• The volume of gas attributable to the companies in bankruptcy is significantly larger than the corresponding volume of oil.
  • There are definite regional winners and losers. Of the major gas-producing states, Texas, Wyoming, Oklahoma and Louisiana bear the brunt of bankruptcy-related volumes. The entire Northeast, the Gulf of Mexico and Arkansas are largely unscathed.
  • Texas bankruptcy-related gas production represents 7.5% of the state’s total production, but only 2.8% of the state’s oil production is represented.
  • The major producing gas state with the largest percentage of bankruptcy-related production is Wyoming.

The data above confirms a lot of what we, and many fundamental analysts, would expect: 1. Gas is represented more than oil; and 2. Production volumes are skewed away from the Northeast. However, some insights are certainly surprising, such as the volume of gas represented and the degree to which the regionality of the impact is reflected.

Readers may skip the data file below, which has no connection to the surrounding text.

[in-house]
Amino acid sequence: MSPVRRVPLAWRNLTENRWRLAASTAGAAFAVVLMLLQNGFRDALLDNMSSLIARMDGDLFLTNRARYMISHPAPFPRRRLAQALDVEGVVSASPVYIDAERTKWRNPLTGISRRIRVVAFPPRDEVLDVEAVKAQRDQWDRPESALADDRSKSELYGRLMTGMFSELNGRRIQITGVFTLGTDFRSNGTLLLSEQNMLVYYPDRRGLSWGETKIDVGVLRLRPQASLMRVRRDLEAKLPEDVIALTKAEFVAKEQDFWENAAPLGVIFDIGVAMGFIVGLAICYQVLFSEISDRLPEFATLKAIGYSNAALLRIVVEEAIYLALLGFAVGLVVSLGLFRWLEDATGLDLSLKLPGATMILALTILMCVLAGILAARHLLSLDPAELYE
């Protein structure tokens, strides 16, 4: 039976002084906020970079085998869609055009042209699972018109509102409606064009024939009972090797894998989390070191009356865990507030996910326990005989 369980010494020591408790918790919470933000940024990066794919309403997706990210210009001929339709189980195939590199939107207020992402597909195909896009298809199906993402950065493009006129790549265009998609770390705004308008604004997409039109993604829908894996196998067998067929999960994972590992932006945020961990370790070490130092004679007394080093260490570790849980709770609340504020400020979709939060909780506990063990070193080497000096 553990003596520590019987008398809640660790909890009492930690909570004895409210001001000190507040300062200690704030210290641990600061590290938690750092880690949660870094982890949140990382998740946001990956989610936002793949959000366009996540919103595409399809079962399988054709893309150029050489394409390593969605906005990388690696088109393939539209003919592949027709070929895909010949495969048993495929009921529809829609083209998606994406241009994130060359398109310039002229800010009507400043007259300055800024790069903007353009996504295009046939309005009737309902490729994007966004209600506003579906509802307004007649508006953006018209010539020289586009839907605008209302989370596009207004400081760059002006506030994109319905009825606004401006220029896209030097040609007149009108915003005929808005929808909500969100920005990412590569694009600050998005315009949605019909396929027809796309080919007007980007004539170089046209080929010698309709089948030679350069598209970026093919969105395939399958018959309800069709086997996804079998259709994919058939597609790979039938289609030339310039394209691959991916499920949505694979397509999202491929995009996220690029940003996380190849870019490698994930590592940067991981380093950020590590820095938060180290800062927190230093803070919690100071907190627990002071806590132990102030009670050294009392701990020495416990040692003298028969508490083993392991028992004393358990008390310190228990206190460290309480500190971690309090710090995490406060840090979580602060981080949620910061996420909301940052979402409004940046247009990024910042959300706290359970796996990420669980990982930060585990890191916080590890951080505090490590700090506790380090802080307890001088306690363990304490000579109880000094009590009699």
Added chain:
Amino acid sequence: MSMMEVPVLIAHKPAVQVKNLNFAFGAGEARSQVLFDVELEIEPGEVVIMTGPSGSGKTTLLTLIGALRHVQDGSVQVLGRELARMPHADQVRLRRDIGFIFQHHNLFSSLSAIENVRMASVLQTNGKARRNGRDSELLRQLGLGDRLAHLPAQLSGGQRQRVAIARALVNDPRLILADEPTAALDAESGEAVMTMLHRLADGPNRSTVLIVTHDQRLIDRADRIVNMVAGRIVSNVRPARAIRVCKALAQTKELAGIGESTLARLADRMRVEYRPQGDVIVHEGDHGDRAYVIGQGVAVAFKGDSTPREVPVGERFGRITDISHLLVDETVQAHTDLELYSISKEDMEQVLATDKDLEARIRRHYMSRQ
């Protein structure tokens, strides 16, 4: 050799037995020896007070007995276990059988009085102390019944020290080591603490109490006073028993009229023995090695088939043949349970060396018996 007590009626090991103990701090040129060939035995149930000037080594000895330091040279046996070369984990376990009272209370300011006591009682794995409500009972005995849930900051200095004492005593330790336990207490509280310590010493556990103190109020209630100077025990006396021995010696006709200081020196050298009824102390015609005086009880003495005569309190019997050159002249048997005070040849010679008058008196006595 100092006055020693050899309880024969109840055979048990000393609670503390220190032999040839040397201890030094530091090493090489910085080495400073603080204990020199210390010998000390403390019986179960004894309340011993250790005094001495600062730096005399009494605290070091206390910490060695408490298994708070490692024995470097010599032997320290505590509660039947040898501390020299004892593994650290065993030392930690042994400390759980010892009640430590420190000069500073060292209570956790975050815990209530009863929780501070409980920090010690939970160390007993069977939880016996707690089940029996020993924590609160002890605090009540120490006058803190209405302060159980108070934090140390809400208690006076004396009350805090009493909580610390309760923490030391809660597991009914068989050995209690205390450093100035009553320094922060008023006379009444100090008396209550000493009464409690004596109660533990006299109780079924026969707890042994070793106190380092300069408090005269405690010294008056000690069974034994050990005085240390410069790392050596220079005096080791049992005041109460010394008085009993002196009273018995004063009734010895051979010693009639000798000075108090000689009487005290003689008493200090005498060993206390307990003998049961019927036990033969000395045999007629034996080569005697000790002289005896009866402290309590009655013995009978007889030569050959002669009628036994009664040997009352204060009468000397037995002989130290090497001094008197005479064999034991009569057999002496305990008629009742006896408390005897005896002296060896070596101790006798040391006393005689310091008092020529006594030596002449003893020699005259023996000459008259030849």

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We want to be clear that just because a company is bankrupt does not mean we expect its production to go to zero, or to even decline.  However, production volumes tethered to companies navigating bankruptcy courts has imbedded risk. While operational strategies and financial flexibility are unique for each producer, bankruptcy courts may force asset divestitures. Suffice it to say that the regions that represent significant numbers of bankruptcies also face more production risk to the downside than regions that don’t.

This dataset provides potential trajectories for deeper dives. Below, we will look closely at Texas to seek clues about the dynamics operating in the Lone Star State. The large decline in Wyoming is tempting, and could prove to be a topic for further analysis in upcoming issues of Get the Point, but as the vast majority of this production is due to a sole producer, Ultra Petroleum, we think the story is richer in Texas and will focus our analysis in this issue to that topic.

Diving into Texas